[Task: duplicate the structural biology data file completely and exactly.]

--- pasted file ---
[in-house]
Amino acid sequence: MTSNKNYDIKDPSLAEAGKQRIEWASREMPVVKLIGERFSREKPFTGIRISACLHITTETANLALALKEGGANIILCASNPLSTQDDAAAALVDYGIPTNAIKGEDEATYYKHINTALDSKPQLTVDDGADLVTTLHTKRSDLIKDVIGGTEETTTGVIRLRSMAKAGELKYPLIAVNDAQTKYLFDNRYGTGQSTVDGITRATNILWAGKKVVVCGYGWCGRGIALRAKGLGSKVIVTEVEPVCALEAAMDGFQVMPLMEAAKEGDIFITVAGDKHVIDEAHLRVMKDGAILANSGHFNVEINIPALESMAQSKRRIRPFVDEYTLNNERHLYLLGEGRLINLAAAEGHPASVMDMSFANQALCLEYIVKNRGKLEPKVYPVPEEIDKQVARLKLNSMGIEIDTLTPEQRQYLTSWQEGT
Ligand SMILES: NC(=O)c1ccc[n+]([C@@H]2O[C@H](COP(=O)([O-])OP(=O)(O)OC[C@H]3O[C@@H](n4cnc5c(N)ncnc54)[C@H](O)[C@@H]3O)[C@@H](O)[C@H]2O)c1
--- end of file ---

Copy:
[in-house]
Amino acid sequence: MTSNKNYDIKDPSLAEAGKQRIEWASREMPVVKLIGERFSREKPFTGIRISACLHITTETANLALALKEGGANIILCASNPLSTQDDAAAALVDYGIPTNAIKGEDEATYYKHINTALDSKPQLTVDDGADLVTTLHTKRSDLIKDVIGGTEETTTGVIRLRSMAKAGELKYPLIAVNDAQTKYLFDNRYGTGQSTVDGITRATNILWAGKKVVVCGYGWCGRGIALRAKGLGSKVIVTEVEPVCALEAAMDGFQVMPLMEAAKEGDIFITVAGDKHVIDEAHLRVMKDGAILANSGHFNVEINIPALESMAQSKRRIRPFVDEYTLNNERHLYLLGEGRLINLAAAEGHPASVMDMSFANQALCLEYIVKNRGKLEPKVYPVPEEIDKQVARLKLNSMGIEIDTLTPEQRQYLTSWQEGT
Ligand SMILES: NC(=O)c1ccc[n+]([C@@H]2O[C@H](COP(=O)([O-])OP(=O)(O)OC[C@H]3O[C@@H](n4cnc5c(N)ncnc54)[C@H](O)[C@@H]3O)[C@@H](O)[C@H]2O)c1